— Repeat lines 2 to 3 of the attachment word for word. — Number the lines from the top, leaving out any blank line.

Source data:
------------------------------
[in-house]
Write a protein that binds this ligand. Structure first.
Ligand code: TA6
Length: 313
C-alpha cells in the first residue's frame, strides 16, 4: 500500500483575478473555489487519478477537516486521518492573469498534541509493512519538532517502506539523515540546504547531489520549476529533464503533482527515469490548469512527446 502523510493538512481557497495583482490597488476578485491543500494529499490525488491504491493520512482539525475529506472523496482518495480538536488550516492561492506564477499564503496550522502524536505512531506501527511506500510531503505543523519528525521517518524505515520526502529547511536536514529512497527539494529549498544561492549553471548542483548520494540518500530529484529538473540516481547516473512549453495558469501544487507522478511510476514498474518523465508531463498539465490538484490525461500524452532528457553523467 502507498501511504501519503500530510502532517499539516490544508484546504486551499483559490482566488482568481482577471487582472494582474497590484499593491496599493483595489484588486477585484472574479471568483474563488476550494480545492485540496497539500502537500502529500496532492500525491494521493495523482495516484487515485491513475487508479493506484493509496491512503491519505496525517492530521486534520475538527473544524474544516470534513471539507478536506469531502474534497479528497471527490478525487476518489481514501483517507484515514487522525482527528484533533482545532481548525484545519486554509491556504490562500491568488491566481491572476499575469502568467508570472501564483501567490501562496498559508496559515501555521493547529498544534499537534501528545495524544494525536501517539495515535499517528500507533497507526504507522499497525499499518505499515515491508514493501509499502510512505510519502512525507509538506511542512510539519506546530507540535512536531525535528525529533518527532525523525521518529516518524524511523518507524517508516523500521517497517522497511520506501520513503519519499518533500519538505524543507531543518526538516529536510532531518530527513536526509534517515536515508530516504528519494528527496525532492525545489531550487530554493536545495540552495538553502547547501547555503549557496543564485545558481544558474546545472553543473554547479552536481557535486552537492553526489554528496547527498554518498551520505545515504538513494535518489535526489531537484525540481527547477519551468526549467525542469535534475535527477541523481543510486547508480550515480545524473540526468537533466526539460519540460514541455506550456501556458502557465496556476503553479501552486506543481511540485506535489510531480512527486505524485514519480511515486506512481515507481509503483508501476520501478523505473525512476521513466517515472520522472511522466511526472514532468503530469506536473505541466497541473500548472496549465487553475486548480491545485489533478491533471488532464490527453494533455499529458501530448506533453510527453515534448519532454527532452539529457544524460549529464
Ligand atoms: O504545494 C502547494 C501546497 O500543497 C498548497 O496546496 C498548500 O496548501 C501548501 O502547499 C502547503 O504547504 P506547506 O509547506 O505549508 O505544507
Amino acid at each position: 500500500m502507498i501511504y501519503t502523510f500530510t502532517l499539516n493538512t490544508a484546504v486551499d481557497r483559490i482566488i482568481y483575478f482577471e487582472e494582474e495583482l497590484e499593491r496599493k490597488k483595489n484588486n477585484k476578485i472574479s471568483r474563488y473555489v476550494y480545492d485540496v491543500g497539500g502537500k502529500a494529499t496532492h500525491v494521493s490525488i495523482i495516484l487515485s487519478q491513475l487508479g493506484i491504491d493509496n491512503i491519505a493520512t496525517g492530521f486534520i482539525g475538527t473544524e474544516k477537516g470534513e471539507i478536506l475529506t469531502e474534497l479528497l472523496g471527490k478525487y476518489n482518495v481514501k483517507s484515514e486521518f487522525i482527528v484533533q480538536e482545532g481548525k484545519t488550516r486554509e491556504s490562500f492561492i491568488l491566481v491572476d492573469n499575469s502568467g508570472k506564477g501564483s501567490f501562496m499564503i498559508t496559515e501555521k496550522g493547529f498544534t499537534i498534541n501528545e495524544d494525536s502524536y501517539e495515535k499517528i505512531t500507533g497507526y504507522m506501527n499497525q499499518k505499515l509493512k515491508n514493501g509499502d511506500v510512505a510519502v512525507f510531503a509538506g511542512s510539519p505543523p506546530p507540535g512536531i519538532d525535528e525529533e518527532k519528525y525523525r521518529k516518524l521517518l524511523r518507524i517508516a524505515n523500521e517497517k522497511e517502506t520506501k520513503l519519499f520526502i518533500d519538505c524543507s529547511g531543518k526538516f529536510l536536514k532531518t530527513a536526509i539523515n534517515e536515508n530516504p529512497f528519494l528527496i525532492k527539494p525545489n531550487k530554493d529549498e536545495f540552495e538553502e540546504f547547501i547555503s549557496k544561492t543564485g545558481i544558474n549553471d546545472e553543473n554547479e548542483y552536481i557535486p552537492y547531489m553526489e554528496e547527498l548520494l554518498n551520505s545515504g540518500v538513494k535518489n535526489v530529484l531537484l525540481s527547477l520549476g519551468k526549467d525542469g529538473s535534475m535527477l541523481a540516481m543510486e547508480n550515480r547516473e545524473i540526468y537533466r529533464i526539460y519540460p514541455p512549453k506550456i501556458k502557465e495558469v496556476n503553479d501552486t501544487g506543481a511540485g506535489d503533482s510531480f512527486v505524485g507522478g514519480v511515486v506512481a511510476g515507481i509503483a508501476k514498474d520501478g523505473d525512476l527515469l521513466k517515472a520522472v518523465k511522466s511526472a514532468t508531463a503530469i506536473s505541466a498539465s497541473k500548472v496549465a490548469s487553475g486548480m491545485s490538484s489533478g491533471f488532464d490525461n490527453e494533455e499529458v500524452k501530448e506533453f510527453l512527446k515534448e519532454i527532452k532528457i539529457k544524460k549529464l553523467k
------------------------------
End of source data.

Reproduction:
Write a protein that binds this ligand. Structure first.
Ligand code: TA6